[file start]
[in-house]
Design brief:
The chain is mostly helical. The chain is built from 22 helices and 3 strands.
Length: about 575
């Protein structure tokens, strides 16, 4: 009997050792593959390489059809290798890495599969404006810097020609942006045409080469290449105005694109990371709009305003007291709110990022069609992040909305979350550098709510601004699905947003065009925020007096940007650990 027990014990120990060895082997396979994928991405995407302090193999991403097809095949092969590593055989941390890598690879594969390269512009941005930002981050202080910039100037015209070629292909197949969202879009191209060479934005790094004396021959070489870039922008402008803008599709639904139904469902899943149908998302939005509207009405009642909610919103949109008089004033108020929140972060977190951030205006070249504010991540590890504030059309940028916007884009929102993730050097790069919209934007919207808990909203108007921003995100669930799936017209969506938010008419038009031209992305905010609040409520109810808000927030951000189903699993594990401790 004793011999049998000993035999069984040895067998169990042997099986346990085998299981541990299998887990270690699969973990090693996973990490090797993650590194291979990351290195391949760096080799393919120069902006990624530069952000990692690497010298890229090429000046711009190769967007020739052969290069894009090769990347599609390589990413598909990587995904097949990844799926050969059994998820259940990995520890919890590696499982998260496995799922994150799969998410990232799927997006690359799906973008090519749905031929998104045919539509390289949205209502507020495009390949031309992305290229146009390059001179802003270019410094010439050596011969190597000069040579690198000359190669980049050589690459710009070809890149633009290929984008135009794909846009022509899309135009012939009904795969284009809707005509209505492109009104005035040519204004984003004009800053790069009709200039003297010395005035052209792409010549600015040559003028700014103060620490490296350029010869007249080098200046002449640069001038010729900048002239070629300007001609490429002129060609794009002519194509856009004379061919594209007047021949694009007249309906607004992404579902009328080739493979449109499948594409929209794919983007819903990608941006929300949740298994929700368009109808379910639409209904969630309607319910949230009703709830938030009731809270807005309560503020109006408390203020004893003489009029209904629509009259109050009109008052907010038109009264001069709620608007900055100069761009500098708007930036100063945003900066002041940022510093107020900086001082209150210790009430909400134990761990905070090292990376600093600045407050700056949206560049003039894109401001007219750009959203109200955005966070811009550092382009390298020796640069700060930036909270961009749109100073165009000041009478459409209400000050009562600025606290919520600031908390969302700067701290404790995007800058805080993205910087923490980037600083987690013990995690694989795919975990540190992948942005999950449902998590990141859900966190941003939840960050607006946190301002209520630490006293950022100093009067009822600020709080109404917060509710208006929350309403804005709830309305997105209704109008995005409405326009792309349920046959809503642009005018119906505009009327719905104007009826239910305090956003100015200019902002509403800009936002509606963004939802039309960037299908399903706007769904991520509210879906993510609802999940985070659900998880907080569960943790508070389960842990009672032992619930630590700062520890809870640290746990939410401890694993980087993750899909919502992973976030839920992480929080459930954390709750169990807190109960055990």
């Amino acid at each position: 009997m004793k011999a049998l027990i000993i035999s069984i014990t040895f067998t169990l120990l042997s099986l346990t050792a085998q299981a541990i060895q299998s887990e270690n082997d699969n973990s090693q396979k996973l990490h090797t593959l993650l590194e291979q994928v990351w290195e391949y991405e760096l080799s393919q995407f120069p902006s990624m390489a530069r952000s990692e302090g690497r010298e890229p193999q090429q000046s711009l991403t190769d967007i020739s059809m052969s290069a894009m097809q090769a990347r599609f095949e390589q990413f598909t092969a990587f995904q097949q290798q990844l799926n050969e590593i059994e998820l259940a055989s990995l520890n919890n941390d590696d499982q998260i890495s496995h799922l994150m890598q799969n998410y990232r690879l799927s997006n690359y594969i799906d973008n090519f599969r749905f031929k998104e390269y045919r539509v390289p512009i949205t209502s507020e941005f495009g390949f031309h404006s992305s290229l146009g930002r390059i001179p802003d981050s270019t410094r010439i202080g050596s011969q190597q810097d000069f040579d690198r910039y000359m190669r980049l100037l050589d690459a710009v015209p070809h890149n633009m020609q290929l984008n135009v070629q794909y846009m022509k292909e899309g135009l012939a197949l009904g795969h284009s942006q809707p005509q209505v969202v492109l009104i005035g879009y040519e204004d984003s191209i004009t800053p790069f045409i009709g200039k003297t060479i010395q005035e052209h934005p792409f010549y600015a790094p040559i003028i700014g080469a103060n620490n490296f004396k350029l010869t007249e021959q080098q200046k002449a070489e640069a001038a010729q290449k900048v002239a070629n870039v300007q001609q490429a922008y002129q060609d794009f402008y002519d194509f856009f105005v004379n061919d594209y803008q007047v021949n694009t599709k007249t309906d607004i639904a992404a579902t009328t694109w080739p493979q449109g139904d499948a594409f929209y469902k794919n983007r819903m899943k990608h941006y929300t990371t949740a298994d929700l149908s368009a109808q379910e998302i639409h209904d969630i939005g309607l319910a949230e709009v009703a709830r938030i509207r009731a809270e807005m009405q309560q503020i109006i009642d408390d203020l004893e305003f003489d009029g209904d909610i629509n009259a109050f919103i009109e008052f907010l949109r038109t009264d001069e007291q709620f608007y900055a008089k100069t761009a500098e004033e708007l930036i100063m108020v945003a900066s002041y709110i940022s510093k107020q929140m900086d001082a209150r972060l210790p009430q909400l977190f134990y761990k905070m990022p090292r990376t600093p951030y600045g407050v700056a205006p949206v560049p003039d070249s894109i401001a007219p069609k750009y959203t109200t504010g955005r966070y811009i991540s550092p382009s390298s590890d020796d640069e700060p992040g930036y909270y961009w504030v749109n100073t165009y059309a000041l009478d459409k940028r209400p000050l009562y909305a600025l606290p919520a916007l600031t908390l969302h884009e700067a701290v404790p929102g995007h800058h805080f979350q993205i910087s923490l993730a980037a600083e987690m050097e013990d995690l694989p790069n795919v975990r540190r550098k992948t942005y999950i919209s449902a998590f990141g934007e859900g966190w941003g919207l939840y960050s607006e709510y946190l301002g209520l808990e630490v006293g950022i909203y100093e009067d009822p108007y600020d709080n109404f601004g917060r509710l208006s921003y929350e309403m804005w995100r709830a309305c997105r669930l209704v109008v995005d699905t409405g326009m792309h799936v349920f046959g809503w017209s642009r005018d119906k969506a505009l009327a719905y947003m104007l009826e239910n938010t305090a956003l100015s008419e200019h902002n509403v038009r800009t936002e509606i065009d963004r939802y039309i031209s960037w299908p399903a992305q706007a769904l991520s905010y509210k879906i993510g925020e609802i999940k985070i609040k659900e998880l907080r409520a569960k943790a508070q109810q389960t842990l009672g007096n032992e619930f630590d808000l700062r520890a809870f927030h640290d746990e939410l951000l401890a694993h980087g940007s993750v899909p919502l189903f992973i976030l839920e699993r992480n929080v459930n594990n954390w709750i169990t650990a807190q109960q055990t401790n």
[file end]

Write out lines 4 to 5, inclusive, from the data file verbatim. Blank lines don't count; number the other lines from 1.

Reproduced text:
Length: about 575
């Protein structure tokens, strides 16, 4: 009997050792593959390489059809290798890495599969404006810097020609942006045409080469290449105005694109990371709009305003007291709110990022069609992040909305979350550098709510601004699905947003065009925020007096940007650990 027990014990120990060895082997396979994928991405995407302090193999991403097809095949092969590593055989941390890598690879594969390269512009941005930002981050202080910039100037015209070629292909197949969202879009191209060479934005790094004396021959070489870039922008402008803008599709639904139904469902899943149908998302939005509207009405009642909610919103949109008089004033108020929140972060977190951030205006070249504010991540590890504030059309940028916007884009929102993730050097790069919209934007919207808990909203108007921003995100669930799936017209969506938010008419038009031209992305905010609040409520109810808000927030951000189903699993594990401790 004793011999049998000993035999069984040895067998169990042997099986346990085998299981541990299998887990270690699969973990090693996973990490090797993650590194291979990351290195391949760096080799393919120069902006990624530069952000990692690497010298890229090429000046711009190769967007020739052969290069894009090769990347599609390589990413598909990587995904097949990844799926050969059994998820259940990995520890919890590696499982998260496995799922994150799969998410990232799927997006690359799906973008090519749905031929998104045919539509390289949205209502507020495009390949031309992305290229146009390059001179802003270019410094010439050596011969190597000069040579690198000359190669980049050589690459710009070809890149633009290929984008135009794909846009022509899309135009012939009904795969284009809707005509209505492109009104005035040519204004984003004009800053790069009709200039003297010395005035052209792409010549600015040559003028700014103060620490490296350029010869007249080098200046002449640069001038010729900048002239070629300007001609490429002129060609794009002519194509856009004379061919594209007047021949694009007249309906607004992404579902009328080739493979449109499948594409929209794919983007819903990608941006929300949740298994929700368009109808379910639409209904969630309607319910949230009703709830938030009731809270807005309560503020109006408390203020004893003489009029209904629509009259109050009109008052907010038109009264001069709620608007900055100069761009500098708007930036100063945003900066002041940022510093107020900086001082209150210790009430909400134990761990905070090292990376600093600045407050700056949206560049003039894109401001007219750009959203109200955005966070811009550092382009390298020796640069700060930036909270961009749109100073165009000041009478459409209400000050009562600025606290919520600031908390969302700067701290404790995007800058805080993205910087923490980037600083987690013990995690694989795919975990540190992948942005999950449902998590990141859900966190941003939840960050607006946190301002209520630490006293950022100093009067009822600020709080109404917060509710208006929350309403804005709830309305997105209704109008995005409405326009792309349920046959809503642009005018119906505009009327719905104007009826239910305090956003100015200019902002509403800009936002509606963004939802039309960037299908399903706007769904991520509210879906993510609802999940985070659900998880907080569960943790508070389960842990009672032992619930630590700062520890809870640290746990939410401890694993980087993750899909919502992973976030839920992480929080459930954390709750169990807190109960055990």